On new album This Trip, experimental pop artist Alexandra Mackenzie, aka Petra Glynt, is honest about her intentions. The album's cover, drawn by Mackenzie herself, is a dazzling, multi-colour harbinger of the news: "R.I.P. Patriarchy," a tombstone reads. But "Rest in Peace" is a mere formality, and when first track "Propaganda" hits, it is clear that the plan is to dance on the grave.
"I am propaganda / do it like the sound of / a modern day enchanter / or a military commander," she sings over a haunting backtrack, layered with her own voice and a violent drum track. Mackenzie's pounding percussion has always been a signature of her sound throughout her musical career (see: "Caterpillar Massacre" by Romo Roto, get: blown away); they're part of the reason her live shows are consistently so sparkly and energetic. As an artist, she's compelling on every level: visually, politically and viscerally. Her work straddles the borders of art-pop and punk, and her beautiful and skilled vibrato is the cherry on top.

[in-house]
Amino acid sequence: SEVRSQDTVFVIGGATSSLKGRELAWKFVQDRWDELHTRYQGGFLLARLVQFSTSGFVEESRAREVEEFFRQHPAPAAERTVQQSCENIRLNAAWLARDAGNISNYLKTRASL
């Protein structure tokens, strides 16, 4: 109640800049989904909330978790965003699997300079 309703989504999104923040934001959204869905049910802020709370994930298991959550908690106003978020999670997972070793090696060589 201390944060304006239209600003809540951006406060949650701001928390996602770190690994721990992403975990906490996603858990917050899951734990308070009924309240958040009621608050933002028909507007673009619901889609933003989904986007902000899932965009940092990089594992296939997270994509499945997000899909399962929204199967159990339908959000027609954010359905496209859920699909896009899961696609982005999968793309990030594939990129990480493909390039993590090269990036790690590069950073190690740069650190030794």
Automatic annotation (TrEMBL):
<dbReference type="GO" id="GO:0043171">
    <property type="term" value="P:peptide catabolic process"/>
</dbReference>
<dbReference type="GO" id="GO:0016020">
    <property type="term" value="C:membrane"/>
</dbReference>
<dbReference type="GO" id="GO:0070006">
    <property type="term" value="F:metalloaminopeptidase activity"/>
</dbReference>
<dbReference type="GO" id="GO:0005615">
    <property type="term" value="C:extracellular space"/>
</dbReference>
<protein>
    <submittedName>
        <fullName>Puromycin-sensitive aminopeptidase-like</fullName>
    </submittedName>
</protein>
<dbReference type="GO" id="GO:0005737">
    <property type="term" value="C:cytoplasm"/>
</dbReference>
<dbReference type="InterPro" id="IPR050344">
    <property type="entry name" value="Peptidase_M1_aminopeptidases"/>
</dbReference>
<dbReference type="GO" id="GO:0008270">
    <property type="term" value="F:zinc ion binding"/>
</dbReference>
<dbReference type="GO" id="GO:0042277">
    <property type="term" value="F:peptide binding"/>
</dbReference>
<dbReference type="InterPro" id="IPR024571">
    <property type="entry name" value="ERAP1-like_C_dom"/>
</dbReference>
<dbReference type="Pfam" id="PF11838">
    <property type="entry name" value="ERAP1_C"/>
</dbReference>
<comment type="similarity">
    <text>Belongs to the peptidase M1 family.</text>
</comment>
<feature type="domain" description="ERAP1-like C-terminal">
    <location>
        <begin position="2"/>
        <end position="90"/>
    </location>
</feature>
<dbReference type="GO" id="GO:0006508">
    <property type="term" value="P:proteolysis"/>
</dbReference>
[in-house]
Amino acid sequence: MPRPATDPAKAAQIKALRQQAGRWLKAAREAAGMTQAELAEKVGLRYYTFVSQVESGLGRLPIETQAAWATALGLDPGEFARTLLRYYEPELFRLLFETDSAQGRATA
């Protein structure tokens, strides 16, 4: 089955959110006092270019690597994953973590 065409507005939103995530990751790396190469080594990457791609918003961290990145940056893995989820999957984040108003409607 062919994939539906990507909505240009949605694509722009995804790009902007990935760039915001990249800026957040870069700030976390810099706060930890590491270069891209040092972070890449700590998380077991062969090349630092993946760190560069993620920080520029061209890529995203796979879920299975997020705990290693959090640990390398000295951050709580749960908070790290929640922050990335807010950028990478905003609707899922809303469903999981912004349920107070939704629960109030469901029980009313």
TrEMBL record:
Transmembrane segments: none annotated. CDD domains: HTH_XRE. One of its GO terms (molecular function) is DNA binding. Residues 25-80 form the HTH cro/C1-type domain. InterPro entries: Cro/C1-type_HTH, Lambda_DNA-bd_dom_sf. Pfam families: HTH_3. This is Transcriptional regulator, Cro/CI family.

Highlight "The Cold" demonstrates Glynt's versatility. Beginning with chanting vocal loops, the song has a meditative quality that builds as the drums circulate, gain and thereby deflate the tension of the lyrics. "Be quiet my heart / in search of home / no matter where I land / I still face the cold" becomes a mantra as Glynt reflects on finding a space of one's own — artistically, emotionally and spatially — over pounding toms. This one will induce goosebumps on every play.
This Trip meets at a satisfying intersection of sound and politics. The cover's pick-up trucks dumping Greek columns of the Ionic Order and colonial statues reiterate the message of a movement from tradition; Petra Glynt is among the best of the Canadian vanguard. (Vibe Over Method)